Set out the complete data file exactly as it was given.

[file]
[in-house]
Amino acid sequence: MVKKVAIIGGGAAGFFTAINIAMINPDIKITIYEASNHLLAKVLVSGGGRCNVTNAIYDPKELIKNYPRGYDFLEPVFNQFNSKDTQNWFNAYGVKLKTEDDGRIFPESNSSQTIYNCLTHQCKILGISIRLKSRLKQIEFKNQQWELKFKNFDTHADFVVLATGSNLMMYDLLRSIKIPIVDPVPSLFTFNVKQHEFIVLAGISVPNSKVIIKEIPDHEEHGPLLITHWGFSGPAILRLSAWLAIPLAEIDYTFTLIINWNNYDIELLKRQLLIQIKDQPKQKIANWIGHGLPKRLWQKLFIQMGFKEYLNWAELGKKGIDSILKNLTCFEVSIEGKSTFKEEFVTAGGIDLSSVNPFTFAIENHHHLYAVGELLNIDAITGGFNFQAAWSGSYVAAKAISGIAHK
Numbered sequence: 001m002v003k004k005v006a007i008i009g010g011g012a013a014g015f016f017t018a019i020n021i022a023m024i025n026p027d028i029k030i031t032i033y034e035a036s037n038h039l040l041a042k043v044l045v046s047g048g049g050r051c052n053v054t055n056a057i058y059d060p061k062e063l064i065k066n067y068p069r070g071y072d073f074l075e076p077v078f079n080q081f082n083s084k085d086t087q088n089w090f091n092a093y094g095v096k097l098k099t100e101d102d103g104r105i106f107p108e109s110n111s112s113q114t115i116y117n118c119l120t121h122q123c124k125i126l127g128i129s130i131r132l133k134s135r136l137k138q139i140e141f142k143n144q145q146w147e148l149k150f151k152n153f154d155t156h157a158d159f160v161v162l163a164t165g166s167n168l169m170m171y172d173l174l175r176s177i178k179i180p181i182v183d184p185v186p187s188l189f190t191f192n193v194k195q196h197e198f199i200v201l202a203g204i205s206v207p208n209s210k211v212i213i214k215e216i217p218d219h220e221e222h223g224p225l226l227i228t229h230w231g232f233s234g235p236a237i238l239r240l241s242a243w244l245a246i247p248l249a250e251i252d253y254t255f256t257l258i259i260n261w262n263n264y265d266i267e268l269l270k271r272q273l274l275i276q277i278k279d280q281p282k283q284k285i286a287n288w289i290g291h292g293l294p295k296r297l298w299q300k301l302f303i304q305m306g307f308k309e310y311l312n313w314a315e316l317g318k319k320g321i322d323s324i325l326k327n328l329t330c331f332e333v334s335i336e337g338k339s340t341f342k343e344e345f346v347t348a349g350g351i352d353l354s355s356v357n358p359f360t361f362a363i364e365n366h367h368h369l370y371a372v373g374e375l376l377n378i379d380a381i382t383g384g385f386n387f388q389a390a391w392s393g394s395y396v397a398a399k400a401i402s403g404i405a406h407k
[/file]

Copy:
[in-house]
Amino acid sequence: MVKKVAIIGGGAAGFFTAINIAMINPDIKITIYEASNHLLAKVLVSGGGRCNVTNAIYDPKELIKNYPRGYDFLEPVFNQFNSKDTQNWFNAYGVKLKTEDDGRIFPESNSSQTIYNCLTHQCKILGISIRLKSRLKQIEFKNQQWELKFKNFDTHADFVVLATGSNLMMYDLLRSIKIPIVDPVPSLFTFNVKQHEFIVLAGISVPNSKVIIKEIPDHEEHGPLLITHWGFSGPAILRLSAWLAIPLAEIDYTFTLIINWNNYDIELLKRQLLIQIKDQPKQKIANWIGHGLPKRLWQKLFIQMGFKEYLNWAELGKKGIDSILKNLTCFEVSIEGKSTFKEEFVTAGGIDLSSVNPFTFAIENHHHLYAVGELLNIDAITGGFNFQAAWSGSYVAAKAISGIAHK
Numbered sequence: 001m002v003k004k005v006a007i008i009g010g011g012a013a014g015f016f017t018a019i020n021i022a023m024i025n026p027d028i029k030i031t032i033y034e035a036s037n038h039l040l041a042k043v044l045v046s047g048g049g050r051c052n053v054t055n056a057i058y059d060p061k062e063l064i065k066n067y068p069r070g071y072d073f074l075e076p077v078f079n080q081f082n083s084k085d086t087q088n089w090f091n092a093y094g095v096k097l098k099t100e101d102d103g104r105i106f107p108e109s110n111s112s113q114t115i116y117n118c119l120t121h122q123c124k125i126l127g128i129s130i131r132l133k134s135r136l137k138q139i140e141f142k143n144q145q146w147e148l149k150f151k152n153f154d155t156h157a158d159f160v161v162l163a164t165g166s167n168l169m170m171y172d173l174l175r176s177i178k179i180p181i182v183d184p185v186p187s188l189f190t191f192n193v194k195q196h197e198f199i200v201l202a203g204i205s206v207p208n209s210k211v212i213i214k215e216i217p218d219h220e221e222h223g224p225l226l227i228t229h230w231g232f233s234g235p236a237i238l239r240l241s242a243w244l245a246i247p248l249a250e251i252d253y254t255f256t257l258i259i260n261w262n263n264y265d266i267e268l269l270k271r272q273l274l275i276q277i278k279d280q281p282k283q284k285i286a287n288w289i290g291h292g293l294p295k296r297l298w299q300k301l302f303i304q305m306g307f308k309e310y311l312n313w314a315e316l317g318k319k320g321i322d323s324i325l326k327n328l329t330c331f332e333v334s335i336e337g338k339s340t341f342k343e344e345f346v347t348a349g350g351i352d353l354s355s356v357n358p359f360t361f362a363i364e365n366h367h368h369l370y371a372v373g374e375l376l377n378i379d380a381i382t383g384g385f386n387f388q389a390a391w392s393g394s395y396v397a398a399k400a401i402s403g404i405a406h407k